— Depends whether you mean in my mind or in real life. :P Haha in all seriousness I’ve only sent out about four queries so I’m hoping for an agent, but I am extremely passionate about marketing (hence building this entire blog around book marketing and promotion) so I’m working on my author platform and look forward to the challenge of self-publishing if that’s the way life takes me.  

What else about your book might pique the reader’s interest?
—Um, I thought everyone would have been sold on the slugs. No? Geez, tough crowd. Ok, how about the last line of the entire book? You ready? You sure? Well here it is…
The end.*

And that’s it! Sending lots of thanks to Donna Hosie, Stacey Trombley and Aimee Salter herself for nominating me. You guys rock!

*Disclaimer: Not actually the last line. Sorry. I was counting on the slugs.

Monday, 26 November 2012

Interview With A Blogpire... Starring Aimee L. Salter

G’day, everyone, and welcome to another installment of Interview With A Blogpire. Whether you’re a writer, an aspiring blogger, or that person who found my site by Googling ‘slug wedgie’, this post has loads of successful blogger tips on building an author platform, and with any luck you’ll find them as useful as I did. So read on and enjoy, (or visit my post, Writing, Wedgies and Hollywood Slugs, if that’s your thing).

Who needs Adobe Illustrator when
you've got Powerpoint and Paint?
Now, to business. My guest today is the amazing Aimee L. Salter of Seeking The Write Life. Her blog has almost 90 000 hits so far, nearly 600 followers on Google Friend Connect alone, and she’s recently joined the hugely popular YAtopia team, too. I went looking for her secret to success, and now I’m bringing the interview (in two parts for the price of one), to you…

Hi Aimee, and thanks for agreeing to my interview. First question, what would you say has been the most popular style of post/content for you?

Without a doubt, the most popular posts I write are ones that give practical tips for self-editing or improving writing technique. Anything that benefits writers who are, obviously, my audience on the blog.

There are many other blogs out there doing similar things. Any idea what makes yours stand out?

I think a lot of bloggers offer over-arching advice or concepts for learning, but not as many give writers tips they can act on specifically and immediately.

I think, like me, most writers want to make their books better. So anytime they find content that helps them do that, they get excited about it.

What do you do when you haven't got anything like that to post, especially if you’re trying to keep a regular blogging schedule?

I try never to blog for the sake of blogging (i.e. ‘filler’), but it has happened. If I’m really stuck, I try to find something funny or useful that someone else has v-logged or blogged about and promote their stuff instead.

There have been times that, due to Real Life Happenings I just have had the time to blog. At those times I’ve either reposted old, useful posts, or just apologized and told everyone when I’ll be back on board.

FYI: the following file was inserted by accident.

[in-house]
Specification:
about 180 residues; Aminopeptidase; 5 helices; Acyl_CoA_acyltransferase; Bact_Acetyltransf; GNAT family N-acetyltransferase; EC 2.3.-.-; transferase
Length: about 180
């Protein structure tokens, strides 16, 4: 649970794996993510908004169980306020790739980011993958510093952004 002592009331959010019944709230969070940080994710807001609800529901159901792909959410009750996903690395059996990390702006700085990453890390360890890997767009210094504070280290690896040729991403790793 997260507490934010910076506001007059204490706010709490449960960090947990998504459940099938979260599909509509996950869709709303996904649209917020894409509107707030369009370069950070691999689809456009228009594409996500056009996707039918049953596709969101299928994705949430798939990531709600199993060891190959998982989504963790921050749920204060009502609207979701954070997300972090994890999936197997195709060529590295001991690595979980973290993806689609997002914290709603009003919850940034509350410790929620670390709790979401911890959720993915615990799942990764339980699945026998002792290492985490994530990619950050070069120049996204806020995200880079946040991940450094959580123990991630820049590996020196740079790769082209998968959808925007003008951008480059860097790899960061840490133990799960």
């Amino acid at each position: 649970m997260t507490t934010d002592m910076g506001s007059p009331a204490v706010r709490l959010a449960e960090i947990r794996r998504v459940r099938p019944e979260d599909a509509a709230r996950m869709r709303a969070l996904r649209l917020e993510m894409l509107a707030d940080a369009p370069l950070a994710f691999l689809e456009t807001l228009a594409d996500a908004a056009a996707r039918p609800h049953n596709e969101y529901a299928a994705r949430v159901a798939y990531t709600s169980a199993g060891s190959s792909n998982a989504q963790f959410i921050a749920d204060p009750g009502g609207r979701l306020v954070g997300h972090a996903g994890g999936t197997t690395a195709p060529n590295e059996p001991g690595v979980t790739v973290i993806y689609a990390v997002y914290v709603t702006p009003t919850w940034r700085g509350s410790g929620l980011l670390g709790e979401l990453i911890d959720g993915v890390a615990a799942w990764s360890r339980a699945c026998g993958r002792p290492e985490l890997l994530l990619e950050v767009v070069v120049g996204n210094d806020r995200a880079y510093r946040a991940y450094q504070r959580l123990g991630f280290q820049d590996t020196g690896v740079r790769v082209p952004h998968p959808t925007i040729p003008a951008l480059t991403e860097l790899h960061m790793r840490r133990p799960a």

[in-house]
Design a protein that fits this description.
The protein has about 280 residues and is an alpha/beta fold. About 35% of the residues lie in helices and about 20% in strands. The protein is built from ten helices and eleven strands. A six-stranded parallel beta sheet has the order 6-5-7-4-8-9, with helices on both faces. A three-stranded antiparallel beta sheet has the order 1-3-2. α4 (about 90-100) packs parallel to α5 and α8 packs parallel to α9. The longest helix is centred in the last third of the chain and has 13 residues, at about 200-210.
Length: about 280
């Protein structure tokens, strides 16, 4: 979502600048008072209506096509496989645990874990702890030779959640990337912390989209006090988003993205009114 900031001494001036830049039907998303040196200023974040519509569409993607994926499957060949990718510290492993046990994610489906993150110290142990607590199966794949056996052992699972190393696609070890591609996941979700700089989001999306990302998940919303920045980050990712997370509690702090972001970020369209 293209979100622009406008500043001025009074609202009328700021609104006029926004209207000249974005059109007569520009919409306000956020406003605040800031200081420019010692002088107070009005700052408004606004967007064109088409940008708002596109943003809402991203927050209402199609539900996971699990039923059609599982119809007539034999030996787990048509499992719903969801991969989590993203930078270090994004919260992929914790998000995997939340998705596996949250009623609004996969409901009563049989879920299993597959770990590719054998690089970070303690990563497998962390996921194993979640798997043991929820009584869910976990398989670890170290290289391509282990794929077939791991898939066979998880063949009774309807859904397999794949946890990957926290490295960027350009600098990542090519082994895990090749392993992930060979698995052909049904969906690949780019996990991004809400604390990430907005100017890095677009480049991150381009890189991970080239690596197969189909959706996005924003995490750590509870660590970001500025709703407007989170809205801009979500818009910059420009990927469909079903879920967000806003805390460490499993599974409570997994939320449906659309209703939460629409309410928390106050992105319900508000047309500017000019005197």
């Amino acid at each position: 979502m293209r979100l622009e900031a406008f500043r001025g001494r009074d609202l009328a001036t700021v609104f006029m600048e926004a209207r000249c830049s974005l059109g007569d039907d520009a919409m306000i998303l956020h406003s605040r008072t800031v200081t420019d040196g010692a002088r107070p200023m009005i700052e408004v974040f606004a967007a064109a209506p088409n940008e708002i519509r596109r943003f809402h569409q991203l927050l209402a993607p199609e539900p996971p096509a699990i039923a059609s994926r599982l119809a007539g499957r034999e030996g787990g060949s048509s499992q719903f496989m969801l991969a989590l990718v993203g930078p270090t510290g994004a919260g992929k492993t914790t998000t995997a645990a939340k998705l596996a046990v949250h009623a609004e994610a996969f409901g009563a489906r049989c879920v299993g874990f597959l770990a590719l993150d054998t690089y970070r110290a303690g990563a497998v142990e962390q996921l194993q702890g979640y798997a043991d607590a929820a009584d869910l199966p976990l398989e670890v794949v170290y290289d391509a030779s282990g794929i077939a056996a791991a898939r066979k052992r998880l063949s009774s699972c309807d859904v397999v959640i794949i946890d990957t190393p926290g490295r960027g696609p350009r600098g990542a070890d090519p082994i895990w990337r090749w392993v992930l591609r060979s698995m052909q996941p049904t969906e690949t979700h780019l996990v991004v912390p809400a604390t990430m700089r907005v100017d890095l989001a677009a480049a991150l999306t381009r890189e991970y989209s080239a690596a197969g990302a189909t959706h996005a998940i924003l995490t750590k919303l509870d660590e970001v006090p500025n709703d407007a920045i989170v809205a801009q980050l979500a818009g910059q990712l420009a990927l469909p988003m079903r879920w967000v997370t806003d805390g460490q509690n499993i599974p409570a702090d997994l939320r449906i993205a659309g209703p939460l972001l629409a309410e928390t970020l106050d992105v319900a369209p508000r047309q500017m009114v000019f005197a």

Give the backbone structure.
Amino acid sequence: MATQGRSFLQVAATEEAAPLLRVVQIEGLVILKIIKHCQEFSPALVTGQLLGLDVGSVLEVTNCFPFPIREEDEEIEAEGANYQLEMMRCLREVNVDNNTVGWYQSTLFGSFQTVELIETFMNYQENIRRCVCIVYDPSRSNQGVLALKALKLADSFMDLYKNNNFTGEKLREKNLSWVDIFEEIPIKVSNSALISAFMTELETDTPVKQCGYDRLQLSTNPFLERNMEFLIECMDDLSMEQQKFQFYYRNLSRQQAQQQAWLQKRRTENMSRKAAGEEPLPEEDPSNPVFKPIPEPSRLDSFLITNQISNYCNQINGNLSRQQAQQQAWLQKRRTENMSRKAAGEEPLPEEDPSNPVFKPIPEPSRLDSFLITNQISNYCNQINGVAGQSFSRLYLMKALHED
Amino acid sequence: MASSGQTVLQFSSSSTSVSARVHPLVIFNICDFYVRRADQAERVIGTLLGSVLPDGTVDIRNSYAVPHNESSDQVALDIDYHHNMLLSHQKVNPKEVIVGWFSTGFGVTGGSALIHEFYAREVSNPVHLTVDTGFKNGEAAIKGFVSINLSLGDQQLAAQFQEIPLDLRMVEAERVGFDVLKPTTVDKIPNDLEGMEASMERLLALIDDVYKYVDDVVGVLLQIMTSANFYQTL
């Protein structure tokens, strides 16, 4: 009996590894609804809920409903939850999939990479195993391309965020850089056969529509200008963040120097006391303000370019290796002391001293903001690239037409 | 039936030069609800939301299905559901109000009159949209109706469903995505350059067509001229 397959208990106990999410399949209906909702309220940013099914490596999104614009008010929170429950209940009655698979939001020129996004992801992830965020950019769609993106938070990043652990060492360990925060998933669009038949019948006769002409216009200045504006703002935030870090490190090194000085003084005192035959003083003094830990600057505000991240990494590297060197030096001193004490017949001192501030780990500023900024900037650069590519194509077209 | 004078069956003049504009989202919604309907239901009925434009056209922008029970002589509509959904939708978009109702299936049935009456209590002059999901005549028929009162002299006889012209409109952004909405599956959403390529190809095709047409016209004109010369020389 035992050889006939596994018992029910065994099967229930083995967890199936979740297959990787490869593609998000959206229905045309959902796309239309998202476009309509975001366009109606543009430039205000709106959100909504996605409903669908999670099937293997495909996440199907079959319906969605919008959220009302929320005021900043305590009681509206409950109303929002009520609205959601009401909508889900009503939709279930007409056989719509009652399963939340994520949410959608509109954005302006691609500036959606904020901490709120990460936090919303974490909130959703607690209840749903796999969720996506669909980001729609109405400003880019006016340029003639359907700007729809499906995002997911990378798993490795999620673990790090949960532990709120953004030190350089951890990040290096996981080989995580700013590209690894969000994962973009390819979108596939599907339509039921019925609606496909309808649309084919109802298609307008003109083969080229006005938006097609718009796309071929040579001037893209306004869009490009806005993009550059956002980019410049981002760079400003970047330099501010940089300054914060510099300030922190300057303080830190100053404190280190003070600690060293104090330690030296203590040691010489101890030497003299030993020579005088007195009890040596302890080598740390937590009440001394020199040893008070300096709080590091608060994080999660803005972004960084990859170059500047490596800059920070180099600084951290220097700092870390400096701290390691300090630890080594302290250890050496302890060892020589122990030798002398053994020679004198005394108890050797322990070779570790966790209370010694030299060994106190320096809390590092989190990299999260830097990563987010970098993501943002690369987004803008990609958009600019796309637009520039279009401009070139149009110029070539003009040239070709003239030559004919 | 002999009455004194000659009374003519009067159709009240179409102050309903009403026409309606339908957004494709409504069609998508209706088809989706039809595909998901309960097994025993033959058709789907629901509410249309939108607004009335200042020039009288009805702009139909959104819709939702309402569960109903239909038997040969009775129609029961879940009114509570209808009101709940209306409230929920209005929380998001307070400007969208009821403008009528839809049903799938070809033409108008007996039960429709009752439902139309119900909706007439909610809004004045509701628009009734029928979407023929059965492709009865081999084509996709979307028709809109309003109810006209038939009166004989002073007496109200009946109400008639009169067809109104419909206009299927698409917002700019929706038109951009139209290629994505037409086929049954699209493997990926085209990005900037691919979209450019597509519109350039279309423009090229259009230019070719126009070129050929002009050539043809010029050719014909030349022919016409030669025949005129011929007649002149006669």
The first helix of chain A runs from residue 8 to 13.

And does this combination of useful content on a regular basis mean you've got so many active blog visitors that people are always interacting with your stuff?

I definitely get traffic that I don’t “seek”. I.e. there are always one or two tweets floating around offering links to my blog, or people telling their friends. I do get some traffic from google searches (probably only about 4-5%).

“Comments are sporadic, but often when I’m posting about an “issue” (i.e. sexual content in YA fiction), we’ll get a really good and comprehensive conversation going. 

Most of the time my comments are just people either agreeing with what was said, or adding to it. A lot of my regular commenters have been around my blog for quite a while, so they just jump in when they find something useful, or think they have something to add. It’s nice. I feel like I am getting to know these people. As writers, at least.

Last of all, (for now), you have a background in branding - so do you have any specific branding strategies to share?

Branding is a word that gets thrown around a lot, usually by people who associate branding with logos or design. However branding isn’t logos or design. Logos and design are merely tools used to help your “brand” be identified quickly. A “brand” is a set of perceptions that people associate with a person, name or business.

As a writer you have two options. Either you “brand” your stories (i.e. write all of your books in a similar genre, using similar plot structures, etc) or you brand yourself.

Branding yourself is virtually impossible to do until you’re already known. Branding yourself means making yourself someone people want to be around or emulate. To do it right, you have to achieve something other people admire. Then you have to manage that success with aplomb.

It’s very difficult to do well for any length of time, mainly because when people gain a fanbase (as opposed to a platform) they often start to believe their own hype and become somewhat narcissistic online.